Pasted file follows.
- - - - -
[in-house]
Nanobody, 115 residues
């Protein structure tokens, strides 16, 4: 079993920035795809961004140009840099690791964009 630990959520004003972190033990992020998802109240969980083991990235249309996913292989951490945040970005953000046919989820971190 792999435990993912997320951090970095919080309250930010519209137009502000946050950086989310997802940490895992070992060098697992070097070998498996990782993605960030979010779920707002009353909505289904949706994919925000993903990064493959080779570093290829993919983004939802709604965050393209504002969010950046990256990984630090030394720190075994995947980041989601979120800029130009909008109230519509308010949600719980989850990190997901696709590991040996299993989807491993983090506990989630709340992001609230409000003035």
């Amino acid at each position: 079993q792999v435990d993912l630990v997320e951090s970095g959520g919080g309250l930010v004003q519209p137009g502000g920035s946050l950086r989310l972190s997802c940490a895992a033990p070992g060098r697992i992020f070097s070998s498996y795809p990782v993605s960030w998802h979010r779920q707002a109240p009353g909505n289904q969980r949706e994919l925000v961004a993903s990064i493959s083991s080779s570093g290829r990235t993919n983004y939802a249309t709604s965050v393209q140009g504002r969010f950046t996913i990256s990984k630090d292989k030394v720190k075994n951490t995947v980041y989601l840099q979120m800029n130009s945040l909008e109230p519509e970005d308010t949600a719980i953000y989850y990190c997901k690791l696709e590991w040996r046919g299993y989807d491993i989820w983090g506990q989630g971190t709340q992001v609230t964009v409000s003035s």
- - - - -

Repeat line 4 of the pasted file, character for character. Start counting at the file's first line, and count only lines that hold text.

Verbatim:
């Amino acid at each position: 079993q792999v435990d993912l630990v997320e951090s970095g959520g919080g309250l930010v004003q519209p137009g502000g920035s946050l950086r989310l972190s997802c940490a895992a033990p070992g060098r697992i992020f070097s070998s498996y795809p990782v993605s960030w998802h979010r779920q707002a109240p009353g909505n289904q969980r949706e994919l925000v961004a993903s990064i493959s083991s080779s570093g290829r990235t993919n983004y939802a249309t709604s965050v393209q140009g504002r969010f950046t996913i990256s990984k630090d292989k030394v720190k075994n951490t995947v980041y989601l840099q979120m800029n130009s945040l909008e109230p519509e970005d308010t949600a719980i953000y989850y990190c997901k690791l696709e590991w040996r046919g299993y989807d491993i989820w983090g506990q989630g971190t709340q992001v609230t964009v409000s003035s």